Today’s New York Times takes a fairly in-depth look at probation in the U.S. criminal justice system. Most defendants who plead guilty to misdemeanors, like first time DUIs, in Illinois will receive some sort of probation and in some of these cases the defendants find themselves in legal trouble again and again despite not breaking any additional laws.
In Probation May Sound Light, but the Punishments Can Land Hard, the Times looks at the case of Donyelle Hall, and African American mother living in the Baltimore area and arrested for DUI on Christmas 2013. Initially, she was stopped for speeding, failed a breathalyzer and was charged with drunk driving.
“(A)against her better judgment” because police accounts indicated that Hall was uncooperative, the judge accepted her guilty plea and sentenced her to a probations program for 12 months. From a DUI attorney perspective, it all seemed pretty routine. However,
(O)ver the next 18 months, Mrs. Hall would find herself in trouble again and again, though she committed no new crimes. She spent countless hours attending court and lost thousands of dollars in fees, legal costs and wages, as well as two jobs. The judge handling her case imposed conditions far harsher than the norm, then repeatedly called Mrs. Hall into court for violations like failing to ask permission before moving to a different unit in her apartment complex.
Ultimately Mrs. Hall spent more than a month in jail because she could not afford another $2,500 to bail herself out.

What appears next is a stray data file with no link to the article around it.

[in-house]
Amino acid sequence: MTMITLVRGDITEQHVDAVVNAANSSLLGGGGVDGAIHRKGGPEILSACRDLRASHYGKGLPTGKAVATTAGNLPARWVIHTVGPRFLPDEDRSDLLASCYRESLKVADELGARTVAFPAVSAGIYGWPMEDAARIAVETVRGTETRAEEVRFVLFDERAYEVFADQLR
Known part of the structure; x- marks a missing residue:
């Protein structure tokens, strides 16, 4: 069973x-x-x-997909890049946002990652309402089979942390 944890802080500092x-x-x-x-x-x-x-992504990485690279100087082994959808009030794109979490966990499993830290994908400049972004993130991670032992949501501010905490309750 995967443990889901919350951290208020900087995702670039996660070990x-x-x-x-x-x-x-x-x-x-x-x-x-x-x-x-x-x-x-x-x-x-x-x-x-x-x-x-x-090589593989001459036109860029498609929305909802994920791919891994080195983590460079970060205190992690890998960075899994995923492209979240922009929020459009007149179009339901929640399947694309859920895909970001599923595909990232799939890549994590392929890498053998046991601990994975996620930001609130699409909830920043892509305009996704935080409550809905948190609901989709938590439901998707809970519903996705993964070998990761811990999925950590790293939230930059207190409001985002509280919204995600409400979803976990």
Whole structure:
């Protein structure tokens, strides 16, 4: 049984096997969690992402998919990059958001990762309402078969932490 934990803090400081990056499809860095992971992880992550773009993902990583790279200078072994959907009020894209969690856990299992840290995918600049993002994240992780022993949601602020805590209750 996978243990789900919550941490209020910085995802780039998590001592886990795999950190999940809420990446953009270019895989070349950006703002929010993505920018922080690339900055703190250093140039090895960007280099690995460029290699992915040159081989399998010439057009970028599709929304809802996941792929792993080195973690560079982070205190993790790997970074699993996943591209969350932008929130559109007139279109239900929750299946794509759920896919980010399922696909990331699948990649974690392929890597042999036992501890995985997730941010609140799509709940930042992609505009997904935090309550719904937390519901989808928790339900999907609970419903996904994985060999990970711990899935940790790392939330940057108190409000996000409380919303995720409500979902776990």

Before delving into the systemic problems illustrated by Hall’s odyssey through the criminal justice system it’s worthwhile to look at an interesting aspect of Hall;s DUI arrest. Hall is five feet tall. Since shorter people have less lung capacity than average people the breathalyzer test – which requires extremely deep breathing – can be more difficult and less accurate. On her first three attempts to blow, she failed to produce the minimum blow capacity to render a reading. ON her fourth attempt, Hall registered a .09 which is .02 over the Maryland legal limit.
For a woman of Hall’s weight, the difference was likely a single glass of wine during a four hour period.
Hall’s case illustrates the problems of inappropriate probation and unusually strict rules. Hall didn’t really need to be on probation but it was undoubtedly a way to make money for the jurisdiction on fines and other court costs. Most first time DUI offenders in Maryland are released on their own recognizance. However, Hall was required to post $2k of the $25k which a bondsmen financed with her for several months.
After sentencing and related court costs, Hall’s DUI would cost her $385 dollars a month.
The money was a problem but the arbitrary conditions of probations were the real bogeyman. “Because probation is like a contract in which the defendant agrees to meet certain conditions to avoid incarceration, judges may impost lawful, rational and non-arbitrary conditions that intrude on the probationers freedom, like requiring drug treatment.”